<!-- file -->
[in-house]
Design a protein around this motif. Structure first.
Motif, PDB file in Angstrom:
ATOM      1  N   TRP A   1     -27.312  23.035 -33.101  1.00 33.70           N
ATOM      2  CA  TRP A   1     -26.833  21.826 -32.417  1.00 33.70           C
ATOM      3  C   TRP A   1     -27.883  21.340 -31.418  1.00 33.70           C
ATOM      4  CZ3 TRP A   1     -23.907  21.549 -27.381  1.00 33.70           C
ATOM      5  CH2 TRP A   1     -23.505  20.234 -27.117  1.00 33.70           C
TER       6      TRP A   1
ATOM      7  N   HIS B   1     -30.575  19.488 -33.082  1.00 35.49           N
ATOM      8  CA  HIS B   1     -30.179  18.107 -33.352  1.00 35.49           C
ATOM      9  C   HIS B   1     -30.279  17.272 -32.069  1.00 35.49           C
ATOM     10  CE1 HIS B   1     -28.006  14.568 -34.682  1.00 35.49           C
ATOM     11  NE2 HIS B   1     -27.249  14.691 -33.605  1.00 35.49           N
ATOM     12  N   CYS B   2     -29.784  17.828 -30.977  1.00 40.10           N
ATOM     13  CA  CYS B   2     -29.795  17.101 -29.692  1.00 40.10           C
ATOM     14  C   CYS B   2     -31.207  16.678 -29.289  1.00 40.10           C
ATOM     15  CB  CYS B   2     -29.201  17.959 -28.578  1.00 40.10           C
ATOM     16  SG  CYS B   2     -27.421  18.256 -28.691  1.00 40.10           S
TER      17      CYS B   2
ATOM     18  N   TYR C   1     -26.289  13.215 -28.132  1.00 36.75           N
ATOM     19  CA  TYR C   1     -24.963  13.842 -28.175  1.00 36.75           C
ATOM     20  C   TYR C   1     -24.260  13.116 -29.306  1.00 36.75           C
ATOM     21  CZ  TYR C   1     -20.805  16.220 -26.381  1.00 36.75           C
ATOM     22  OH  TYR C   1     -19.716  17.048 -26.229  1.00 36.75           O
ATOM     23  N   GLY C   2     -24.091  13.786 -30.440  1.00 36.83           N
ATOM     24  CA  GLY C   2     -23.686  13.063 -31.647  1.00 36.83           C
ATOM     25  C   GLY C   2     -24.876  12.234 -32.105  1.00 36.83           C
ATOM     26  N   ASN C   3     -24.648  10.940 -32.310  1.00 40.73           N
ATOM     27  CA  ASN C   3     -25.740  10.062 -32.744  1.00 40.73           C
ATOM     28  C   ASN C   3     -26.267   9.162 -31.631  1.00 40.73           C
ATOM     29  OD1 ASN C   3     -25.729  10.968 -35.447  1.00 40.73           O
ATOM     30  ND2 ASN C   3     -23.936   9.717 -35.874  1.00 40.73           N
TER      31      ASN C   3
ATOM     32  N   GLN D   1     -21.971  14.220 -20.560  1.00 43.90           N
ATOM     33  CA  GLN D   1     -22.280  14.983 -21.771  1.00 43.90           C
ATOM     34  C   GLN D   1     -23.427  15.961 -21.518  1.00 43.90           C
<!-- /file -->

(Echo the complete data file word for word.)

[in-house]
Design a protein around this motif. Structure first.
Motif, PDB file in Angstrom:
ATOM      1  N   TRP A   1     -27.312  23.035 -33.101  1.00 33.70           N
ATOM      2  CA  TRP A   1     -26.833  21.826 -32.417  1.00 33.70           C
ATOM      3  C   TRP A   1     -27.883  21.340 -31.418  1.00 33.70           C
ATOM      4  CZ3 TRP A   1     -23.907  21.549 -27.381  1.00 33.70           C
ATOM      5  CH2 TRP A   1     -23.505  20.234 -27.117  1.00 33.70           C
TER       6      TRP A   1
ATOM      7  N   HIS B   1     -30.575  19.488 -33.082  1.00 35.49           N
ATOM      8  CA  HIS B   1     -30.179  18.107 -33.352  1.00 35.49           C
ATOM      9  C   HIS B   1     -30.279  17.272 -32.069  1.00 35.49           C
ATOM     10  CE1 HIS B   1     -28.006  14.568 -34.682  1.00 35.49           C
ATOM     11  NE2 HIS B   1     -27.249  14.691 -33.605  1.00 35.49           N
ATOM     12  N   CYS B   2     -29.784  17.828 -30.977  1.00 40.10           N
ATOM     13  CA  CYS B   2     -29.795  17.101 -29.692  1.00 40.10           C
ATOM     14  C   CYS B   2     -31.207  16.678 -29.289  1.00 40.10           C
ATOM     15  CB  CYS B   2     -29.201  17.959 -28.578  1.00 40.10           C
ATOM     16  SG  CYS B   2     -27.421  18.256 -28.691  1.00 40.10           S
TER      17      CYS B   2
ATOM     18  N   TYR C   1     -26.289  13.215 -28.132  1.00 36.75           N
ATOM     19  CA  TYR C   1     -24.963  13.842 -28.175  1.00 36.75           C
ATOM     20  C   TYR C   1     -24.260  13.116 -29.306  1.00 36.75           C
ATOM     21  CZ  TYR C   1     -20.805  16.220 -26.381  1.00 36.75           C
ATOM     22  OH  TYR C   1     -19.716  17.048 -26.229  1.00 36.75           O
ATOM     23  N   GLY C   2     -24.091  13.786 -30.440  1.00 36.83           N
ATOM     24  CA  GLY C   2     -23.686  13.063 -31.647  1.00 36.83           C
ATOM     25  C   GLY C   2     -24.876  12.234 -32.105  1.00 36.83           C
ATOM     26  N   ASN C   3     -24.648  10.940 -32.310  1.00 40.73           N
ATOM     27  CA  ASN C   3     -25.740  10.062 -32.744  1.00 40.73           C
ATOM     28  C   ASN C   3     -26.267   9.162 -31.631  1.00 40.73           C
ATOM     29  OD1 ASN C   3     -25.729  10.968 -35.447  1.00 40.73           O
ATOM     30  ND2 ASN C   3     -23.936   9.717 -35.874  1.00 40.73           N
TER      31      ASN C   3
ATOM     32  N   GLN D   1     -21.971  14.220 -20.560  1.00 43.90           N
ATOM     33  CA  GLN D   1     -22.280  14.983 -21.771  1.00 43.90           C
ATOM     34  C   GLN D   1     -23.427  15.961 -21.518  1.00 43.90           C